Detail from painting by Joanna Dąbkiewicz-Luścińska. Photo: Ewa Ślusarczyk.

Women’s Concentration Camp Experience is a Polish travelling exhibition about the experiences of women in German concentration camps during World War II. It features around seventy reproductions, in natural size, of drawings and watercolours created in the camps. Furthermore, the exhibition displays large paintings and other objects by contemporary Polish artists, who convey the women’s camp experiences through the perspective of postmemory.

Most of the drawings from the camps are made by artist Jadwiga Simon-Pietkiewicz, who was rescued from Ravensbrück to Sweden in 1945 through the White  Buses operation. Her sketches capture moments from a concentration camp and testify to the dehumanisation that women endured.

Through these images and different stories gathered from archival material, we gain insight into the living conditions in the camps during times of work and times of rest. The images provide powerful representations of the female body – often gaunt, sick, and crippled – that convey feelings of despair and resignation.

The exhibition was created by Barbara Czarnecka, a scholar from the University of Bialystok in Poland, and the author of two academic books on women’s experiences in concentration camps.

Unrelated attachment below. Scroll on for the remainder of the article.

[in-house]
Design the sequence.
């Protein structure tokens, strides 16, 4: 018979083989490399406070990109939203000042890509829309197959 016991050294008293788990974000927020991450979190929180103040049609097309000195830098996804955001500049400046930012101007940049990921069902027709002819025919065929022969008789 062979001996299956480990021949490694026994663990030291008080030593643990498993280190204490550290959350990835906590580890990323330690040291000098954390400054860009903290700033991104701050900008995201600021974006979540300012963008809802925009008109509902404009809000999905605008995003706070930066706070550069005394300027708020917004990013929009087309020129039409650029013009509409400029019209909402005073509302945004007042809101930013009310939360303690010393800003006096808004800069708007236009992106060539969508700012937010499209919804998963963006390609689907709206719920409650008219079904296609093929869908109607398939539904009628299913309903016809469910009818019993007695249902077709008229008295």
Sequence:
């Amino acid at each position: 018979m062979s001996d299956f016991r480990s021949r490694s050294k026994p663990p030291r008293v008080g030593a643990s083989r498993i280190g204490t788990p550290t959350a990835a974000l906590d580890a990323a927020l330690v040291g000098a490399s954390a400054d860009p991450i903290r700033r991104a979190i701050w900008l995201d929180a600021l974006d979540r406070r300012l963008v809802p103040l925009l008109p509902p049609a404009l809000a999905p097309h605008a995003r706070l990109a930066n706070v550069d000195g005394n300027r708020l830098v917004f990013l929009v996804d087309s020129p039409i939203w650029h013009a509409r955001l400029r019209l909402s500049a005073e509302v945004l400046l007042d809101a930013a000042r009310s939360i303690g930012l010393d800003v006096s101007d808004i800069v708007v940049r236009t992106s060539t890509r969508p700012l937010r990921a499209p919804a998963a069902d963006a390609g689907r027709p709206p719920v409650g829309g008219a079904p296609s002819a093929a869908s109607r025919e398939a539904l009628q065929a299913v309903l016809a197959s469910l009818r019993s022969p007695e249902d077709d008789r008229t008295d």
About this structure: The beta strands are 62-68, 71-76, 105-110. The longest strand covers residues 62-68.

Video about the exhibition

In the video below, Barbara Czarnecka talks about the exhibition. It is in Polish with English subtitles.


The exhibition is originally in Polish, but Swedish and  English translations can be found in each part of the exhibition. There is also a QR-code if you prefer to read the material on your mobile phone.

Production and collaborations

The travelling exhibition has previously been on display at the State Archive in Bialystok and at the Museum of Independence in Warsaw. It has been adapted for Kulturen and is displayed in connection with our own exhibition To Survive – Voices from Ravensbrück.

The project is a collaboration between the University of Bialystok and the Faculty of Philology at the University of Bialystok, Lund University and EUROPAST, the Polish Institute in Stockholm and Kulturen.